what are CEF's Closed End Funds??

are these like mutual funds or similar to ETF's, are they traded similarly to stocks? what are the risks involved in these?

i found a couple that pays 20% annually in dividends, are these safe?

2 Answers

  • Rapa
    Lv 6
    1 decade ago
    Favorite Answer

    A fund with a fixed number of shares outstanding, and one which does not redeem shares the way a typical mutual fund does. Closed-end funds behave more like stock than open-end funds: closed-end funds issue a fixed number of shares to the public in an initial public offering, after which time shares in the fund are bought and sold on a stock exchange, and they are not obligated to issue new shares or redeem outstanding shares as open-end funds are. The price of a share in a closed-end fund is determined entirely by market demand, so shares can either trade below their net asset value ("at a discount") or above it ("at a premium"). also called closed-end investment company or publicly-traded fund.

    Yes they are traded in the stock exchanges like the shares.

    The risk involved will be less when compared to the stocks because of the Diversity of the portfolio and the professional management of the fund .remember that the fund managers are paid a hefty sum to manage those portfolios...That is one of the highly paid jobs these days...and nobody pays for nothin...

    although there will be standard risk factors like the market risk and no assurance of the returns or the capital..but its again common to all the investors...

    theres is absolutely no problem with the funds paying 20% returns...a proper managed active fund can getr u returns above that also..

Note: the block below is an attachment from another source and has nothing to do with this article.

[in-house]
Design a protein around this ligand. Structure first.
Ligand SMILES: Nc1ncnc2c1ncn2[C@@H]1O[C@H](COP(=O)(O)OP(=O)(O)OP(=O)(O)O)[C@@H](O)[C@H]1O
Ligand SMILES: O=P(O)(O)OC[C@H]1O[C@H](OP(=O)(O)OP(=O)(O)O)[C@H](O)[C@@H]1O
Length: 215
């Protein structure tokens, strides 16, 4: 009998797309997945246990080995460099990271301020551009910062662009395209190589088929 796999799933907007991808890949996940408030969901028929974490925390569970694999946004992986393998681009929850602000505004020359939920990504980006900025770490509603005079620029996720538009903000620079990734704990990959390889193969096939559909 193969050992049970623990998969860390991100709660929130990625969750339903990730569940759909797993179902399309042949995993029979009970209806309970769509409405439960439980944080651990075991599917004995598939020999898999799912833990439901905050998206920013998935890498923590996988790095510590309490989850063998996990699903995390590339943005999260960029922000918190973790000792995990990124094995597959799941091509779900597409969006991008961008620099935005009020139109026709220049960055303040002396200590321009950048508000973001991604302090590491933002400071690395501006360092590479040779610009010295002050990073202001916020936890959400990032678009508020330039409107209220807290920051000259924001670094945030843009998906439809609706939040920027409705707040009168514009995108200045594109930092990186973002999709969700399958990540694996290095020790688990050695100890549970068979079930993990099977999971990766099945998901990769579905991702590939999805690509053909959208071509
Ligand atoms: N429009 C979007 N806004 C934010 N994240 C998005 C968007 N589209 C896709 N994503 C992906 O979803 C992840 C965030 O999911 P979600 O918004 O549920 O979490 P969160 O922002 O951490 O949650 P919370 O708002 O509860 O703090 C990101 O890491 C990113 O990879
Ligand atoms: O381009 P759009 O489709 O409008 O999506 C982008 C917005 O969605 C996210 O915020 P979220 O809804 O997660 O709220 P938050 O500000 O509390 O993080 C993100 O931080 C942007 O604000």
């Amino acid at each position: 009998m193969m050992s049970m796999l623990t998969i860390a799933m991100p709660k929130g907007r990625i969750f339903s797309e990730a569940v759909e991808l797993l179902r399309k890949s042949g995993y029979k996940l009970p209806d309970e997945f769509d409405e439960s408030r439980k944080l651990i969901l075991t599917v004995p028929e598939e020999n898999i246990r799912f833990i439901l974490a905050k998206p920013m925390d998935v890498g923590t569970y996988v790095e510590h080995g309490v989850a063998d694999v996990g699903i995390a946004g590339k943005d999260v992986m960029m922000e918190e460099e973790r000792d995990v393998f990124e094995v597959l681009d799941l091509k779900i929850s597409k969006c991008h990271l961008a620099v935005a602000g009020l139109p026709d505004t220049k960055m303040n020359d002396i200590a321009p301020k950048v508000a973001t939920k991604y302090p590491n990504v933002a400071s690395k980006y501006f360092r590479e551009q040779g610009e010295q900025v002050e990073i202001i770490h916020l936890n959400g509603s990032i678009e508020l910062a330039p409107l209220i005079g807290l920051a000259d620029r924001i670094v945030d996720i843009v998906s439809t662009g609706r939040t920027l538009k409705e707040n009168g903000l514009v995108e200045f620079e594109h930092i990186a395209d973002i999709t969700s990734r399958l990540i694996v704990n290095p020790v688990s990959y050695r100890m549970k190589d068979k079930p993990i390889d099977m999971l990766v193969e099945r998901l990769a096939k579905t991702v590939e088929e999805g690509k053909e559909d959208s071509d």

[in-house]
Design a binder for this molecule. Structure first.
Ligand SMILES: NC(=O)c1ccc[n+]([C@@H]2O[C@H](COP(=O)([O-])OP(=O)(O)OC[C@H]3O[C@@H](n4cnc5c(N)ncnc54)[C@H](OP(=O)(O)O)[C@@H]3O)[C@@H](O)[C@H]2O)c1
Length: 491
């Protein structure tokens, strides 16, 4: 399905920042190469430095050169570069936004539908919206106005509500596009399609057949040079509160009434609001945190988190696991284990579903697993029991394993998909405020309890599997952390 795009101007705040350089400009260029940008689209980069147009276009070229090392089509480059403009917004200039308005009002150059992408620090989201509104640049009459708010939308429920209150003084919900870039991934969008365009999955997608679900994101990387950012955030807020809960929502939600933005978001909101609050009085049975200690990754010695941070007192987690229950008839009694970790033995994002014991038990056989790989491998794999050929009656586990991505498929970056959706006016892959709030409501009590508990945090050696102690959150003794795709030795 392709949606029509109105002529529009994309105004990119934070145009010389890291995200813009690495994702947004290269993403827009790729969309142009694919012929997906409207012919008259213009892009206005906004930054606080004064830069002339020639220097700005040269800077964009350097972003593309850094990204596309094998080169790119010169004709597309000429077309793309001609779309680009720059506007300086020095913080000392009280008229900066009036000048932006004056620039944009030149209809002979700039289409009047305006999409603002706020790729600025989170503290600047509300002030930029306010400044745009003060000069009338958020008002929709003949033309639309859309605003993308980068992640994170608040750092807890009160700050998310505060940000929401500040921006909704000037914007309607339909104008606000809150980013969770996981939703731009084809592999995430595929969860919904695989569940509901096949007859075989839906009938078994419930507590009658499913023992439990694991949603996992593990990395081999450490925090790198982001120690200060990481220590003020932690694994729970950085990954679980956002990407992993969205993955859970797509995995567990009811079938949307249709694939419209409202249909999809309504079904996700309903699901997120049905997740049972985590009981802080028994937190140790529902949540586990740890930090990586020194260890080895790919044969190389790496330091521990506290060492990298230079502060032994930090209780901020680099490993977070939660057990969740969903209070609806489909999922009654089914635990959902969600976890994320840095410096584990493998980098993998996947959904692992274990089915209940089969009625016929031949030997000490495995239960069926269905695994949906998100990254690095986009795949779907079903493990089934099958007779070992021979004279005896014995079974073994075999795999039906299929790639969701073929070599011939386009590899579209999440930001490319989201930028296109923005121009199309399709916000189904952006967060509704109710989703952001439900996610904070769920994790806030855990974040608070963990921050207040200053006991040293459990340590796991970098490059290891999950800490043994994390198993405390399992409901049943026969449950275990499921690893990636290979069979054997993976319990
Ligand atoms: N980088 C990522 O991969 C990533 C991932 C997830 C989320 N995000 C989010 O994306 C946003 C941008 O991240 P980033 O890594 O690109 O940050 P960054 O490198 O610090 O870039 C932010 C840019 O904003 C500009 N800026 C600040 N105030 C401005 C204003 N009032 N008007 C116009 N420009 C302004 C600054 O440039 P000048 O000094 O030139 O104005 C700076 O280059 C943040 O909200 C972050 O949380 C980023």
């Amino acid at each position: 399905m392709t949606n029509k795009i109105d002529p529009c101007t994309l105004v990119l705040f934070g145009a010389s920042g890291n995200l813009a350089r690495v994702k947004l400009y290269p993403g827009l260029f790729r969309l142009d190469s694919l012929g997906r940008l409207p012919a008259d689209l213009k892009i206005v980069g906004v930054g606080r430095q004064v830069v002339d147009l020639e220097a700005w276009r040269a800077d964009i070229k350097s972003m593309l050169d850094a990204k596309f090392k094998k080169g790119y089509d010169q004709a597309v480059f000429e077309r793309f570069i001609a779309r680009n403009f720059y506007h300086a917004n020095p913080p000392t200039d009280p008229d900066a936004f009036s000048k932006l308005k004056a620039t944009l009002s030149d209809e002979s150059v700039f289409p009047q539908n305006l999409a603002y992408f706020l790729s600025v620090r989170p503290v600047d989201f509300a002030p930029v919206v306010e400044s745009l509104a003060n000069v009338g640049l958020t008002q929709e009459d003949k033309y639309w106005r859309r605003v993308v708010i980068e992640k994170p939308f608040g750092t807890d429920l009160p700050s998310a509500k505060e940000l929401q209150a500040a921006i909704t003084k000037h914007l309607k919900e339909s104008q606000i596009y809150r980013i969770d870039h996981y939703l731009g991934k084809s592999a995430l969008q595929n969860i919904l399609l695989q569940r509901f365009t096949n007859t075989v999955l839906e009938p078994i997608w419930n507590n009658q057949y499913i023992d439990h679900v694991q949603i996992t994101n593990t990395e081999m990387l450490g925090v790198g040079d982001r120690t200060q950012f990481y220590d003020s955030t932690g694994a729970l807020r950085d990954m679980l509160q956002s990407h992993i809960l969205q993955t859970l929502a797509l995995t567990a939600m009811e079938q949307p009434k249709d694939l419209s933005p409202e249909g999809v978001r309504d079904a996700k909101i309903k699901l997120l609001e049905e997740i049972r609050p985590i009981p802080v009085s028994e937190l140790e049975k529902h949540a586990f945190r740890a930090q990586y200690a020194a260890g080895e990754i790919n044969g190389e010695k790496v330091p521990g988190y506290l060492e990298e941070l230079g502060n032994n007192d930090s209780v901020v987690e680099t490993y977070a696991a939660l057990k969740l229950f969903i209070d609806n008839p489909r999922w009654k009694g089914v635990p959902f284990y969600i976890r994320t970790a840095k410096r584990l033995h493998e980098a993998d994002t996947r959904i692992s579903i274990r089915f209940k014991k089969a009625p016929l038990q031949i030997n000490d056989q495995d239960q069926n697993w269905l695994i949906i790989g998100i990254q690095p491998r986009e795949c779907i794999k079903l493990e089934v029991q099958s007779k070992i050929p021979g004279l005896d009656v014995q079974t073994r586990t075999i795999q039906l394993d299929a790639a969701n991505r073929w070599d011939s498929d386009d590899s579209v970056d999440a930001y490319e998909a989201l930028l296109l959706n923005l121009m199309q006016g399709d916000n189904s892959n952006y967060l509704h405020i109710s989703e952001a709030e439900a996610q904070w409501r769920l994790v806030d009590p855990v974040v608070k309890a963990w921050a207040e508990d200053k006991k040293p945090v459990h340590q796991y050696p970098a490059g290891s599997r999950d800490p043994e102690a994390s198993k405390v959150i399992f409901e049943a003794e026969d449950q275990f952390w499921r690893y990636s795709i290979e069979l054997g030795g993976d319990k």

so u need not worry much...i hope i answered your question

    happy investing....

  • Anonymous
    1 decade ago

    They are more like mutual funds but they are ETFs. They are traded like stocks. The risks are similar to those of open ended mutual funds with one exception actually some might say two exceptions. One is that many are leveraged. That is they use preferred stock to leverage the returns of the common stock. The second is that since they are not open ended the porfolio manager some whould say is not accountable for poor performance. There are many of these available to the investor. And yes some do currently pay above 20%. Safe? Probably not.

    One that I know of RHY has lost 58% of its value so far this year because it cut its dividend form 0.14 cents a month to 0.11 cents. It sells at a premium to net assets and has an extremely high expense ratio of 2.83%. It holds junk bonds, which in themselves are very risky, especially as the economy begins to go into a recession. Not only that but the fund has no track record having been launched in Jan 2006.

    Other funds have a high distribution rate due to year end capital gains. These are perhaps a better investment vehicle, but because the distribution is a capital gain distribution you can not necessarily expect it continually.

    You need to evaluate these funds as you would any mutual fund. Look at the performance history, the expense ratio, the type of securities it deals in and how it might fit in with your investment objectives.

    Here is a link to a site where you can find out information on CEFs.


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